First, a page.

Cavalcade of Whimsy
Dec. 2, Part 2
Dec. 2, Part 1
The C.O.W. airing of the grievances followed by the feats of strength
The ten things I'm grouchy about this week …
10. The poor, poor, innocent players.
With all the coaching drama going on the concern has once again surfaced about how the players are the ones who get hosed in the process. They came to a school to play for a coach, and now he's moving on to bigger and better things, or gets canned. I've always been a believer that players should be able to change schools whenever they want to without penalty, but to say that they're somehow victims when a coach leaves, at this point, is ridiculous. With the recruiting world taking things to another level exposure-wise, and with the Internet, and with all the tools and resources that players, parents, and coaches have available, they all know exactly what they're getting into when they sign on. There's an even shot that the coach who recruited them won't be there five years later, and the players have to know that going in no matter where they choose to play.
9. Recovered fumbles after the whistle.
This happened in the Connecticut – Notre Dame game a few weeks ago and again in the Nevada – Boise State game. A play starts to wind down and everyone slows down, but the ball is fumbled. The whistle blows, most of the players stop, and the defense recovers. The play goes up to the replay booth and it's determined that the runner fumbled, defensive ball, whistle ignored. Interestingly enough, in both cases, neither announcing team made a big deal of this on replay, but the ball is supposed to be dead after the whistle. Boise State was able to overcome the error.
8. "They're doing the smart thing and will kick it on third down, in case of a bad snap."
In today's day and age of the NFL Red Zone channel, and doing what I do for a living watching games all the time, especially the endings, I'll spitball it and say that I've seen bits and pieces of, to be generously low, at least 5,000 football games over the last ten years. Of course I watched football all the time before that, so I'm going to guess that I've seen all or parts of at least 15,000 games in my lifetime (which is so sad in so many ways that I want to curl up with another pie and a can of Redi-Whip, but I digress). I can honestly never remember ever seeing a case when a team tried a crucial field goal attempt on third down, botched the snap, and then used the extra fourth down to kick the field goal. I know it's the smart move to keep the extra down in the back pocket just in case, and I'm sure I'm missing a few obvious instances, but I heard the announcers say the typical "kick it on third down" line at least three times this weekend and I came up with nothing.
7. C.J. Spiller
The Clemson running back has been one of my favorite players to watch, and I'm so happy he finally stayed healthy to show what he could do for a full season, but he's not an All-American as a running back. At least he's not on the first-team offense, but some are going to try to shoehorn him into a spot just because it seems like he should be on the elite post-season teams.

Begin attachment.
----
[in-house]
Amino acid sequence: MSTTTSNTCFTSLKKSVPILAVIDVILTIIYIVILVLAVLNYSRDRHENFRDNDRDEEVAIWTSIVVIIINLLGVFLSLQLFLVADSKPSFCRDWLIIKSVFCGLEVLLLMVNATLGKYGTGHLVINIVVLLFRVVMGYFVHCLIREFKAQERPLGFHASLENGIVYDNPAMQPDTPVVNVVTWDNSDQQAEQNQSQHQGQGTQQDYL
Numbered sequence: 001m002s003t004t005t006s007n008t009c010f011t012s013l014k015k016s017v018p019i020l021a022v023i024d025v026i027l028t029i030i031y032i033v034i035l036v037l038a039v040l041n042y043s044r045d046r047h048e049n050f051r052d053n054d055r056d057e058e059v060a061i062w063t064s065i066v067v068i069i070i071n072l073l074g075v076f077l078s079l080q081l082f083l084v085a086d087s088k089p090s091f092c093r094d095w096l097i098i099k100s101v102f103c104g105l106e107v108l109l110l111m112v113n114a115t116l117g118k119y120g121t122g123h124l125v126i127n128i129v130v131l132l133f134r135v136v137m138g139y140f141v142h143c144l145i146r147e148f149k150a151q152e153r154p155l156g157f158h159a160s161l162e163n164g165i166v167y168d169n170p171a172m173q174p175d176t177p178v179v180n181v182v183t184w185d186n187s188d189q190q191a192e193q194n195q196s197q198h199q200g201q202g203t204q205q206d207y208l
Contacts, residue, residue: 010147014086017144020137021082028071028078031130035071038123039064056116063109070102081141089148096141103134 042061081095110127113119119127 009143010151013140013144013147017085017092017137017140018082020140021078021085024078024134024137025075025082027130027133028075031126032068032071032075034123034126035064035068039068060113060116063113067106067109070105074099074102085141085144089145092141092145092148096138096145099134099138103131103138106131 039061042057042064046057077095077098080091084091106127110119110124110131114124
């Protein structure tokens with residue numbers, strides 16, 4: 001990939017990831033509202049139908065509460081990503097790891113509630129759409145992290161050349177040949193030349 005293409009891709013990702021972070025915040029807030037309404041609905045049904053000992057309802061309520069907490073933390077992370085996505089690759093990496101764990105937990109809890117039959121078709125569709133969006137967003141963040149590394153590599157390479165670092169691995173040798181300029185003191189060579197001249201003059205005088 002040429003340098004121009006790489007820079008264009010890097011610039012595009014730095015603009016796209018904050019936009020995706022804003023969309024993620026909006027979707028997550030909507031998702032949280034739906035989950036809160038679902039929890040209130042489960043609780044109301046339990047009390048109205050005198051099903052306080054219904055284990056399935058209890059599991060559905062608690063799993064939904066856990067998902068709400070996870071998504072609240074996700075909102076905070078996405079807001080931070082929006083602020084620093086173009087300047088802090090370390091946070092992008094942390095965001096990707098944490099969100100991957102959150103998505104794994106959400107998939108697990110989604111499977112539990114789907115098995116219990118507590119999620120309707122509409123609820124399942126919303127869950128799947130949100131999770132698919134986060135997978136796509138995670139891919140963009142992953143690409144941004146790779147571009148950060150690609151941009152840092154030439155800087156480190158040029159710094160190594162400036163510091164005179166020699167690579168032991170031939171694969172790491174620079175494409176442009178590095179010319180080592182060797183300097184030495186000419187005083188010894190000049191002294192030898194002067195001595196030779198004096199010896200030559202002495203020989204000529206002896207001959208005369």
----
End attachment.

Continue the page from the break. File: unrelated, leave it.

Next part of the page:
As a kickoff returner, maybe. He averaged 35.83 yards per return, second in the nation, and scored four times, but he finished the year behind Indiana's Ray Fisher by a yard-and-a-half per return, and Stanford's Chris Owusu was more productive and more consistent averaging 32.53 yards per try on 34 returns. Spiller only had 18 returns. He's not even in the discussion as purely a running back, and no, it doesn't matter that he threw a touchdown pass. Again, I'm a big fan of his, and he's going to make gobs and gobs of money at the next level, but this year he was a great all-around playmaker. There's just not a spot for him on the all-star teams other than as a return man.
6. B.C.S. as initials for anything other than the Bowl Championship Series.
We got it, you don't like the B.C.S. You're not witty by calling it the Bull Crap System, and you're not being funny by saying you call it the B.S. System. And, of course, there's the ever popular "I don't use the C," line. Just call it the B.C.S. and then go on to remark about how you don't like it if you have to.
5. Allen Iverson
The Tiger Woods story held America hostage throughout the Thanksgiving weekend, and rightly so; he's Tiger Woods. But there was no reason for the minute-by-minute updates on the bottom-of-the-screen crawl about the retirement status of Allen Iverson. For one, it's the NBA and it's not May, so it doesn't matter. Two, it's not 1999. First Iverson was retired, then he might join the Knicks, then he was really, really retired, and then there was going to be an intervention led by John Thompson to talk him out of retiring, because America can't be deprived the joy and thrill of watching Iverson sit on the bench for 44 minutes a game. A former superstar option quarterback, maybe he can find a spot on the Browns.
4. UCLA not being a lock for a bowl game at 6-6
UCLA isn't very good at playing football. It's offensive MVP was Chane Moline, who ran for 138 yards and five touchdowns, there was only one win over a bowl bound team (Tennessee), and it went 0-6 against Pac 10 teams with a pulse. But it still has six legitimate wins over FBS teams an it's probably going to be left out of the bowl mix unless Notre Dame decides to stay home. Why? Because there's a slew of seven-win teams that get a bid ahead of the Bruins because of an extra victory coming against an FCS team. Southern Miss is 7-5 with one of the wins coming over Alcorn State. 7-5 SMU beats Stephen F. Austin, Northern Illinois beat Western Illinois, Air Force beat Nicholls State (but to be fair, the Falcons are in because of a Mountain West bowl tie-in), and Fresno State beat UC Davis. UCLA is getting punished for playing, and beating, San Diego State, Tennessee, and Kansas State.
3. The eye black
Reggie Bush paid tribute to his hometown by putting 619, the San Diego area code, on the stickers under his eye. Jimmy Clausen had addidas on his, the apparel supplier to Notre Dame. And then there's Tim Tebow, who puts Bible chapters and verses on his eye black. If Tebow can use his equipment to sell God, then shouldn't players be able to use that part of their body to endorse a product for themselves? Let's say Toby Gerhart put the Gatorade logo on his eye black and he wasn't paid for it until he signed on as part of a marketing deal once he turned pro. If the NCAA wants to put the kibosh on that, then doesn't it have to keep Tebow from promoting his brand?